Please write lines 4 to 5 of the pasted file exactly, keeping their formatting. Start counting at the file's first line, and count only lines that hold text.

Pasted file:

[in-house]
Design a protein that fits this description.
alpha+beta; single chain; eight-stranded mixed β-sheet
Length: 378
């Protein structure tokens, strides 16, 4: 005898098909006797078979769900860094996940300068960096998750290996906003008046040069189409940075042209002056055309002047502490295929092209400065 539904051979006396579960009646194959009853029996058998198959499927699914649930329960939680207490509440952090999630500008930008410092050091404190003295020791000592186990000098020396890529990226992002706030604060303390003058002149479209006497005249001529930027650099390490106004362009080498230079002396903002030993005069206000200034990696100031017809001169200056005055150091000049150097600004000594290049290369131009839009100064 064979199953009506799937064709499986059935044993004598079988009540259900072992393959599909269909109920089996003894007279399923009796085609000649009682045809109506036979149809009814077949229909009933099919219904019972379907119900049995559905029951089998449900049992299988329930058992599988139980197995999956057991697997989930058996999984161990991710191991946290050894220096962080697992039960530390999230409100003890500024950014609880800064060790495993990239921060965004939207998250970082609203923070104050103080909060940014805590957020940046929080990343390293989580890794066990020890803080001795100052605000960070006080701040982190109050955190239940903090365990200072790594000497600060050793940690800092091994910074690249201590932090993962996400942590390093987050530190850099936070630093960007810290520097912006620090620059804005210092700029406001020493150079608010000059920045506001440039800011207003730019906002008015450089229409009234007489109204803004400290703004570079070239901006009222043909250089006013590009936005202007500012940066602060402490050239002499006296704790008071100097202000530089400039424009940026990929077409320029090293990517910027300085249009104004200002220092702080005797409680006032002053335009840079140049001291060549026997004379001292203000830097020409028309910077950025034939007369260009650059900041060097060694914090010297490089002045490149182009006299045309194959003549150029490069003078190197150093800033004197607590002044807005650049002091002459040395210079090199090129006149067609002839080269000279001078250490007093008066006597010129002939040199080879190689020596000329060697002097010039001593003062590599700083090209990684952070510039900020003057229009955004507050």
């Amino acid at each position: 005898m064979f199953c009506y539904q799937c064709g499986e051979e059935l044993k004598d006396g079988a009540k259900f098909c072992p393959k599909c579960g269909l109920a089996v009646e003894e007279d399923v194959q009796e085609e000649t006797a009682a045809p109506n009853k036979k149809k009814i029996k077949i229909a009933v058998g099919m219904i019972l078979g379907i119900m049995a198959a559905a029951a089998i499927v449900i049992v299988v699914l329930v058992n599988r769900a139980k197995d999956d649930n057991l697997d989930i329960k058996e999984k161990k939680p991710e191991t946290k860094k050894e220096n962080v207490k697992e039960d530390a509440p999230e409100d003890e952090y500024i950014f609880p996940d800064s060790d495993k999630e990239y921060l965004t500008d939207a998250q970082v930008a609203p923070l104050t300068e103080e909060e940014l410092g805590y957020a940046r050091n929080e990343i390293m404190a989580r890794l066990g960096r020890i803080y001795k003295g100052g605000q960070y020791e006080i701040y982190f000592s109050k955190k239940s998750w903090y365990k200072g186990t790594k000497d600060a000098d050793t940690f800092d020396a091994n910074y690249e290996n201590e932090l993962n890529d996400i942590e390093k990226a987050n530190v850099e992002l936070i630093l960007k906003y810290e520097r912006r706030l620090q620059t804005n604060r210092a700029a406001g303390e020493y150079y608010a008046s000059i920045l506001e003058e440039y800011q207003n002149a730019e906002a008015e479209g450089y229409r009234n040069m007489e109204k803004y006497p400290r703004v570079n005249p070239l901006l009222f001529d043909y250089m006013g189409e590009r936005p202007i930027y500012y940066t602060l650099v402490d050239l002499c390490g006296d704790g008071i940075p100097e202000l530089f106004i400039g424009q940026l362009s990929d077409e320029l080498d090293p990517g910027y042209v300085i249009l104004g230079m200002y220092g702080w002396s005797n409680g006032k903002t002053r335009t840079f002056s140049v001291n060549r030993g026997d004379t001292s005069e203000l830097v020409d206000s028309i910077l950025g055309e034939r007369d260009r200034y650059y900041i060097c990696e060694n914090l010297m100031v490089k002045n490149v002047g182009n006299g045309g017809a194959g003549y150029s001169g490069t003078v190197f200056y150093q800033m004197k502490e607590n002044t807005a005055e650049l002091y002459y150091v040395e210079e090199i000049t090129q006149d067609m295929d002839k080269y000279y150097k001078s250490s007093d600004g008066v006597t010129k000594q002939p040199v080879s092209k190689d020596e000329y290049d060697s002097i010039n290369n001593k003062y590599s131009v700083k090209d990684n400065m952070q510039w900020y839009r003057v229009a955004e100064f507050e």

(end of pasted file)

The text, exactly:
Length: 378
């Protein structure tokens, strides 16, 4: 005898098909006797078979769900860094996940300068960096998750290996906003008046040069189409940075042209002056055309002047502490295929092209400065 539904051979006396579960009646194959009853029996058998198959499927699914649930329960939680207490509440952090999630500008930008410092050091404190003295020791000592186990000098020396890529990226992002706030604060303390003058002149479209006497005249001529930027650099390490106004362009080498230079002396903002030993005069206000200034990696100031017809001169200056005055150091000049150097600004000594290049290369131009839009100064 064979199953009506799937064709499986059935044993004598079988009540259900072992393959599909269909109920089996003894007279399923009796085609000649009682045809109506036979149809009814077949229909009933099919219904019972379907119900049995559905029951089998449900049992299988329930058992599988139980197995999956057991697997989930058996999984161990991710191991946290050894220096962080697992039960530390999230409100003890500024950014609880800064060790495993990239921060965004939207998250970082609203923070104050103080909060940014805590957020940046929080990343390293989580890794066990020890803080001795100052605000960070006080701040982190109050955190239940903090365990200072790594000497600060050793940690800092091994910074690249201590932090993962996400942590390093987050530190850099936070630093960007810290520097912006620090620059804005210092700029406001020493150079608010000059920045506001440039800011207003730019906002008015450089229409009234007489109204803004400290703004570079070239901006009222043909250089006013590009936005202007500012940066602060402490050239002499006296704790008071100097202000530089400039424009940026990929077409320029090293990517910027300085249009104004200002220092702080005797409680006032002053335009840079140049001291060549026997004379001292203000830097020409028309910077950025034939007369260009650059900041060097060694914090010297490089002045490149182009006299045309194959003549150029490069003078190197150093800033004197607590002044807005650049002091002459040395210079090199090129006149067609002839080269000279001078250490007093008066006597010129002939040199080879190689020596000329060697002097010039001593003062590599700083090209990684952070510039900020003057229009955004507050």